The most popular reverse mortgage has been the Home Equity Conversion Mortgage insured by the Federal Housing Administration. But the loan limits may be too low for seniors with higher-priced real estate.
To serve that end of the market, more lenders are offering proprietary reverse mortgages.
Lenders say reverse mortgages also are gaining appeal among seniors who want to avoid capital gains taxes on the sale of stocks. Instead, they're tapping their home equity for regular income and allowing their investments to continue to work for them. When they die, their heirs get their stock, without the capital gains tax liability.
In Texas, the reverse-mortgage business picked up momentum in 2005 once the state let borrowers draw from a line of credit. A majority now prefer that option to lump sum or monthly payments, said Scott Norman, president of the Texas Association of Reverse Mortgage Lenders.
"People like the flexibility," he said. "You can draw on it when you need it. Plus, you don't pay interest on any more money than you actually use."
Despite their benefits, reverse mortgages are no magic bullet. Financial planners say the loans may make economic sense for some seniors but not others.
The cost of borrowing can be steep. Origination fees and mortgage insurance will run 4 percent of the home's value or the maximum lending amount on the FHA loans, whichever is less. Other closing costs may total at least $1,000.
"On a $120,000 house, you're looking at $6,000 to $7,000 in fees," said Wayne Lancaster, senior loan officer for Bankers Financial Mortgage Group in Plano, Texas.
Also, the amount that someone receives from a reverse mortgage is considerably less than the house's appraised value. The exact amount depends on such factors as the borrower's age, the type of reverse mortgage, the home's value and current interest rates.
The older the borrower, the more money that person will get.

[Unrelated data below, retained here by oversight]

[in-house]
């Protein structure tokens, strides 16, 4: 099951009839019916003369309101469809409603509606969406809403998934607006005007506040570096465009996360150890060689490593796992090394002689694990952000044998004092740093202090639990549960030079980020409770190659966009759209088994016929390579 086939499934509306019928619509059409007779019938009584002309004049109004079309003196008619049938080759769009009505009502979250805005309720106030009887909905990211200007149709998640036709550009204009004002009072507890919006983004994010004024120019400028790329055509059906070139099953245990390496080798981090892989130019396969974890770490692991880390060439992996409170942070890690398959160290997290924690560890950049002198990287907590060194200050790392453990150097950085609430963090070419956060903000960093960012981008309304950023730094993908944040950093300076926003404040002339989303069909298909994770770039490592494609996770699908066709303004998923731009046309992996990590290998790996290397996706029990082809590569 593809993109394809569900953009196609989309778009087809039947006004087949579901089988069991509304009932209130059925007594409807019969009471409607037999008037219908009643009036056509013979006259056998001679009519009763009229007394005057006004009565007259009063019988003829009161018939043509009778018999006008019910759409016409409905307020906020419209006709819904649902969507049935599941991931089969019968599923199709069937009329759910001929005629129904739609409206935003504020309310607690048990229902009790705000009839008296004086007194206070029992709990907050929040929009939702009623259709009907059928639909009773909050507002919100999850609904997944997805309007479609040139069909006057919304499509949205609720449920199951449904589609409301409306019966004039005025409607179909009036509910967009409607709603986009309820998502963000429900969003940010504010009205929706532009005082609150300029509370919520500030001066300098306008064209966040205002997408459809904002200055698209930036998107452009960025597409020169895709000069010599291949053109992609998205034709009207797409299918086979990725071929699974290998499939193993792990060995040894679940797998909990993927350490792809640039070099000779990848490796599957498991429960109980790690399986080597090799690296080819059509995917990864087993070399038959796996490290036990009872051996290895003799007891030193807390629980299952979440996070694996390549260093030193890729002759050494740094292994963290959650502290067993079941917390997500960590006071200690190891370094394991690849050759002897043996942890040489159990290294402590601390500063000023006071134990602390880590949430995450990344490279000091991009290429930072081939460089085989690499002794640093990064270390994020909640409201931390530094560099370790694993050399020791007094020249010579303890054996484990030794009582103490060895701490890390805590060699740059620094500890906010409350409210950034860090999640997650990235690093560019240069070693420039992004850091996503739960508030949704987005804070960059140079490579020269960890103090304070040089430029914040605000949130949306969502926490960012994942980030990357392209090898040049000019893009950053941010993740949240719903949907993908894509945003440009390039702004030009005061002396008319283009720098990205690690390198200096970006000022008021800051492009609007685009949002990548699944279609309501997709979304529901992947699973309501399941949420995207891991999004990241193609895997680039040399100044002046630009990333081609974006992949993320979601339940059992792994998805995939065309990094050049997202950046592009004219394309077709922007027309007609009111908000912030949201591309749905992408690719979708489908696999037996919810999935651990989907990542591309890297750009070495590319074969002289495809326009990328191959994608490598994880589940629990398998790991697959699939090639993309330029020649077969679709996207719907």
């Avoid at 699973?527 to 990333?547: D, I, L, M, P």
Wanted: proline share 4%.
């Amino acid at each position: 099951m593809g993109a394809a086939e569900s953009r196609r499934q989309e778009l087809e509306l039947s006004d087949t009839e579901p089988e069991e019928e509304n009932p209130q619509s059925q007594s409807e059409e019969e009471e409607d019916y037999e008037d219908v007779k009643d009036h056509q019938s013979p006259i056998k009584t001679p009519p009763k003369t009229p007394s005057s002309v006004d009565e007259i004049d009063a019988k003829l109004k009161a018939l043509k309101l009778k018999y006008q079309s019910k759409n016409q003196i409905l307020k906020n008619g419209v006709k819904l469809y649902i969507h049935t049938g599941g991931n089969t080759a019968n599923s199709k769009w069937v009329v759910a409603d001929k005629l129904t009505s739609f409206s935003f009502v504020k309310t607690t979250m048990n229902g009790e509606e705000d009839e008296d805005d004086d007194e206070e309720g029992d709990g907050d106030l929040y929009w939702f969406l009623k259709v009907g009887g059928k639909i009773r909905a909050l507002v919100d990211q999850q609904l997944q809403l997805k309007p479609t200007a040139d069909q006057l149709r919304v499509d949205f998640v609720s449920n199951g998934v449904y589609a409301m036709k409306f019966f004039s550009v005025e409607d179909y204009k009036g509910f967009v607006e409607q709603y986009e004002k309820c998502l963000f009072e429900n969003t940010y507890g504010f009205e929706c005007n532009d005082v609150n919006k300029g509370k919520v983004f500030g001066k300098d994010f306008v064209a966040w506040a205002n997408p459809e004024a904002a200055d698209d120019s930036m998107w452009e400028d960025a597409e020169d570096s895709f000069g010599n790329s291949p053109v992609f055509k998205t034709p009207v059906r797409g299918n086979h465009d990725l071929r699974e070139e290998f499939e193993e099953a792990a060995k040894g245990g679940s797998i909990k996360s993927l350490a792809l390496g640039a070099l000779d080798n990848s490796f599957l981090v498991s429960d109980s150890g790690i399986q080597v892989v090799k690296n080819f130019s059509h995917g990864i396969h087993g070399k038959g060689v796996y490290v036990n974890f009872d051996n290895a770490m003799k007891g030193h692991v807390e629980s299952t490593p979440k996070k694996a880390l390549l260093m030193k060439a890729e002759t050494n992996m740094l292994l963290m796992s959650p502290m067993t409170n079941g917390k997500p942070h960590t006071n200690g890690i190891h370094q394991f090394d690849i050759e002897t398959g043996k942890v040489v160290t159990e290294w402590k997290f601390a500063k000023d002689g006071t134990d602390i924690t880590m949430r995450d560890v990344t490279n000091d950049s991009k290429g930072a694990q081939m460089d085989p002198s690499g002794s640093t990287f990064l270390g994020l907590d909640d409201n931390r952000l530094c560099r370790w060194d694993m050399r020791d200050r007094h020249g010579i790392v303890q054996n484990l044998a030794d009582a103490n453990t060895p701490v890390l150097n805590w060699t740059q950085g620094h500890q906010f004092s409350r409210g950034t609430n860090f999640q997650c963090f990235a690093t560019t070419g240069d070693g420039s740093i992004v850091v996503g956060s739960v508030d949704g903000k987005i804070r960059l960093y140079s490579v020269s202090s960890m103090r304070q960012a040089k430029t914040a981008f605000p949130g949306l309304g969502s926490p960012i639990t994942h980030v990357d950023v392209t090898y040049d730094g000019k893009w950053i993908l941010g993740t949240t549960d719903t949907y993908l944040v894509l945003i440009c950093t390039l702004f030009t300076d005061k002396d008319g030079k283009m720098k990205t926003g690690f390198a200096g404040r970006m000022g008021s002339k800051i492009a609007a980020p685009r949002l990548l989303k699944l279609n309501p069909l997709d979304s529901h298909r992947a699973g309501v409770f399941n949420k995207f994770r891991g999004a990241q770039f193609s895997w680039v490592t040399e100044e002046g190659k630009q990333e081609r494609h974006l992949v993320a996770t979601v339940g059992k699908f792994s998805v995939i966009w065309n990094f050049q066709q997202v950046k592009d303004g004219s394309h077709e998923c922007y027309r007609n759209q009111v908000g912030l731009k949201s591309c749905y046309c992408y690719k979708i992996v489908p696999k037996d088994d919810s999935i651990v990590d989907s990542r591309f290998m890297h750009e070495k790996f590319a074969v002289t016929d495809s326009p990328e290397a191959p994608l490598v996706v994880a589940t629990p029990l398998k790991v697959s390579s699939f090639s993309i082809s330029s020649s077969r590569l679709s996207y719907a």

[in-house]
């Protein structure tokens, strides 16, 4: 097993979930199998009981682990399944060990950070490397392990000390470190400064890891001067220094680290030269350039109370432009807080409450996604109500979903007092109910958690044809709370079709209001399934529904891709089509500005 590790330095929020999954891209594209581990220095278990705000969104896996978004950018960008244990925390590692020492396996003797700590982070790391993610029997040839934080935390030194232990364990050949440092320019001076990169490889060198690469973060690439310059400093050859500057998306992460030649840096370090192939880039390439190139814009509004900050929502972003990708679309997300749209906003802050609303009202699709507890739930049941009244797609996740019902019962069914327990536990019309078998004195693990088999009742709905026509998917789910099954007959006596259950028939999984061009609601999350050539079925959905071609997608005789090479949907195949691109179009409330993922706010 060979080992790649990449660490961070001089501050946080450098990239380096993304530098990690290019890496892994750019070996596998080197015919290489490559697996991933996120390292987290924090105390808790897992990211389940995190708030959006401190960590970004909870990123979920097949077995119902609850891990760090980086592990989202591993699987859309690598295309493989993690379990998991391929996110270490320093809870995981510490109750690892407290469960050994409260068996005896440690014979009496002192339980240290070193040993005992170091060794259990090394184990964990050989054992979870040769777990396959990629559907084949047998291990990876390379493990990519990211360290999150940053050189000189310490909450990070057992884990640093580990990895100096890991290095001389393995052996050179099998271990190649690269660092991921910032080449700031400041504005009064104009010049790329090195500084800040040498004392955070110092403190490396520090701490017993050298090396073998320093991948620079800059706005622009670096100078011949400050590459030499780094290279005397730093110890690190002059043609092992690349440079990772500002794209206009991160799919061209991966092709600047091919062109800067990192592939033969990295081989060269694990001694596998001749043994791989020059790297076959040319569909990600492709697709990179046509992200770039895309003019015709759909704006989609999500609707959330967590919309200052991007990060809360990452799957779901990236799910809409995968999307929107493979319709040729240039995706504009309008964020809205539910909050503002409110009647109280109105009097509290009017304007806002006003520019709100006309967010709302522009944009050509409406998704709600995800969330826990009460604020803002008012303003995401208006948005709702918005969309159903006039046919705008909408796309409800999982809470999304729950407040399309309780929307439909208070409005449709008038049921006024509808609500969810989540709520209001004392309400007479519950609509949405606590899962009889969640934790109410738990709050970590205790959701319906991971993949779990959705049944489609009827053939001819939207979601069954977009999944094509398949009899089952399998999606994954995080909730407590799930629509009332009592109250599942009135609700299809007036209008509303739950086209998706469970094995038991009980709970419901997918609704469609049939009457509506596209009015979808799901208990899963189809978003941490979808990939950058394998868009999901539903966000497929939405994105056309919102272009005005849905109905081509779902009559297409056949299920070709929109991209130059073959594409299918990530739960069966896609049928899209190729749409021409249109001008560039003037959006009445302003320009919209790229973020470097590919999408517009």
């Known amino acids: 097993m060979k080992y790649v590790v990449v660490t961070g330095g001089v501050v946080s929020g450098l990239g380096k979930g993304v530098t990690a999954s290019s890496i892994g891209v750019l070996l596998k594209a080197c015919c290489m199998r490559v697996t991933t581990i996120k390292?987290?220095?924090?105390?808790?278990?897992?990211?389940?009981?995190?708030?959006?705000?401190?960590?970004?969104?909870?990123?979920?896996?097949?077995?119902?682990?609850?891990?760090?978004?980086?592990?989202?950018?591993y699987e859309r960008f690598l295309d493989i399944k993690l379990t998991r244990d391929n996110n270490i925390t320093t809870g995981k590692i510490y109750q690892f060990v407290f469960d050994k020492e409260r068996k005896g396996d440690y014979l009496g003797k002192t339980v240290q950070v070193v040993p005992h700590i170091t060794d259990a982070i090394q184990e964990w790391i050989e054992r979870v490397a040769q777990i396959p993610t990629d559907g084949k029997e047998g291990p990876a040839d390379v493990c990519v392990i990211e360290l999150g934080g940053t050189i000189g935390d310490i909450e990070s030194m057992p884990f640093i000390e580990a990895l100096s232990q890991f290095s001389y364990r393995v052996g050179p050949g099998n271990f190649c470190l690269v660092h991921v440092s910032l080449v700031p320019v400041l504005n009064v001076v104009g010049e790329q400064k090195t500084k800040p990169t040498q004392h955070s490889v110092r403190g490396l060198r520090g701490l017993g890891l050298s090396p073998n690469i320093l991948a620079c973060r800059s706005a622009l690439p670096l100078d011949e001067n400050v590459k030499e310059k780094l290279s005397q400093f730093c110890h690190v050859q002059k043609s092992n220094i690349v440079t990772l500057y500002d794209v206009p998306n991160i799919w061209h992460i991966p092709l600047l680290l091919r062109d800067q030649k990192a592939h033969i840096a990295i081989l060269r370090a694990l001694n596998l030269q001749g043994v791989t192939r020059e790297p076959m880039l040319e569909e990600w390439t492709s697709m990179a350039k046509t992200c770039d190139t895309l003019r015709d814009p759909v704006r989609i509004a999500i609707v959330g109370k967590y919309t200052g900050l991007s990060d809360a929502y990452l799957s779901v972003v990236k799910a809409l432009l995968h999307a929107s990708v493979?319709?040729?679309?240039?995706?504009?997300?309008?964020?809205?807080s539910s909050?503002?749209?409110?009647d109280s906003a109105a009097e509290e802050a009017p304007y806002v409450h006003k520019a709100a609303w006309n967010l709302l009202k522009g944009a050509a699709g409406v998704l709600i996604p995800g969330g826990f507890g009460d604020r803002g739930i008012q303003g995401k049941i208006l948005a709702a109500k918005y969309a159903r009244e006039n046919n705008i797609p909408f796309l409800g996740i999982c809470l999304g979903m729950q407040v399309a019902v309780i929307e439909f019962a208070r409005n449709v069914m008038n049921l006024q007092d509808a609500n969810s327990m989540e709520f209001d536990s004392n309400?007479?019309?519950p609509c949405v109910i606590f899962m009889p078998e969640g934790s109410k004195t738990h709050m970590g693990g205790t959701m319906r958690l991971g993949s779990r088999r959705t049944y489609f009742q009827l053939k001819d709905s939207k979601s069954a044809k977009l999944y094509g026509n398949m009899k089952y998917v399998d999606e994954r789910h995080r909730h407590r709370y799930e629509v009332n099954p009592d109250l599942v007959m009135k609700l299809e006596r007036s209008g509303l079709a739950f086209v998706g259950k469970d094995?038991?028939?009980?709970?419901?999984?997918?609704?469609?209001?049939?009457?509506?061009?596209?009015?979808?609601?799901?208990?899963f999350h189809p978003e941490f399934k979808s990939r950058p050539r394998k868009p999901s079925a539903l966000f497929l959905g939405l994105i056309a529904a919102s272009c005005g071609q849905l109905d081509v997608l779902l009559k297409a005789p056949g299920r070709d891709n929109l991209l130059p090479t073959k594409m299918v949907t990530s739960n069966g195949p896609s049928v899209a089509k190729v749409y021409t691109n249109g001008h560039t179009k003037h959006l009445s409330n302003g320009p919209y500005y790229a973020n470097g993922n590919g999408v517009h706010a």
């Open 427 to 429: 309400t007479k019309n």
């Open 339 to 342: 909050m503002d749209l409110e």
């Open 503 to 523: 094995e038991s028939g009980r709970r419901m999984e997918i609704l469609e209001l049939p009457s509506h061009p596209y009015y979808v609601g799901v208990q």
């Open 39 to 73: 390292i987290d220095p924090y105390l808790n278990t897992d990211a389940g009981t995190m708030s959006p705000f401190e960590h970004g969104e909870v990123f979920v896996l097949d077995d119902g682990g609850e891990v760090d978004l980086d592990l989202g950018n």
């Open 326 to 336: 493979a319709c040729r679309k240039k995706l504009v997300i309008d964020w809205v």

"A 62-year-old might get 45 percent of the home's value, while a 92-year-old might collect 70 to 75 percent," said Jim Elder, area sales manager for reverse mortgages at Countrywide Bank in Dallas. "The rest of the equity is to cover the interest."
Because of such considerations, Bill Clark, a retirement and estate planner in Frisco, Texas, recommends that his clients consider other ways to tap equity, such as downsizing.
"One option is to sell your house, then buy a smaller one and invest the rest," he said. "The interest or dividends can supplement your other retirement income."
One oft-cited drawback to reverse mortgages: Many older adults consider it important to pay off their mortgages and pass that asset onto their children.
Karen Kennedy, a reverse-mortgage specialist with One Reverse Mortgage in Dallas, said she urges her clients to sit down with their children and discuss what they're contemplating, so no one is surprised later.
"More often than not, there's no objection," she said. "In fact, the children sometimes are the ones who come to me and raise the idea in the first place. They only want the best for their parents, and they know a reverse mortgage may be able to provide that."
Peter Bell, president of the National Reverse Mortgage Lenders Association, predicts the next generation of seniors will be unsentimental about using their homes as a resource in retirement, partly because they'll have no choice.
Social Security's retirement age is rising. Traditional pensions are fading. The balances in 401(k) accounts are falling short of where they should be. And the average life expectancy continues to grow. Boomers are banking on home equity to rescue them.
"The oldest boomers turn 62 next year and will begin qualifying for reverse mortgages," Bell said. "That generation has always been accustomed to financial services."